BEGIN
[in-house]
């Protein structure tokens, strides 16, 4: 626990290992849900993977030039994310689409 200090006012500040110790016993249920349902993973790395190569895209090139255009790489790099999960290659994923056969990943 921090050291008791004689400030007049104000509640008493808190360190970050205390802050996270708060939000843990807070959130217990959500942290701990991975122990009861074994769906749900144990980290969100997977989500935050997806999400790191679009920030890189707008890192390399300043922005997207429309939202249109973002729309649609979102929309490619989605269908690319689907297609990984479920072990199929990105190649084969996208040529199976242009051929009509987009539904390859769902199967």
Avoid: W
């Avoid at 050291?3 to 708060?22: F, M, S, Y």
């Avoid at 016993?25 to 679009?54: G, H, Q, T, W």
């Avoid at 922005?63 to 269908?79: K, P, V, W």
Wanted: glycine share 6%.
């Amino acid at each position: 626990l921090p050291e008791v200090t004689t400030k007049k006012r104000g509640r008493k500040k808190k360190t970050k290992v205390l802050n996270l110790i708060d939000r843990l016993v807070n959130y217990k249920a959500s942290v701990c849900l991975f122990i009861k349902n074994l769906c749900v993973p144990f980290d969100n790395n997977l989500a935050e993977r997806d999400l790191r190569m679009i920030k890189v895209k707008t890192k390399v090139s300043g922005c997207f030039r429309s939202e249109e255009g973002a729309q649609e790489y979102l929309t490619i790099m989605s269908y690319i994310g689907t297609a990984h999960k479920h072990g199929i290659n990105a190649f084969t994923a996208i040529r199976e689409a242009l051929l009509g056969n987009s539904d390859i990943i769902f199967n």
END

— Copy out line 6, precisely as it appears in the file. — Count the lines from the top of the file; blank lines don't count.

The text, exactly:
């Avoid at 922005?63 to 269908?79: K, P, V, W």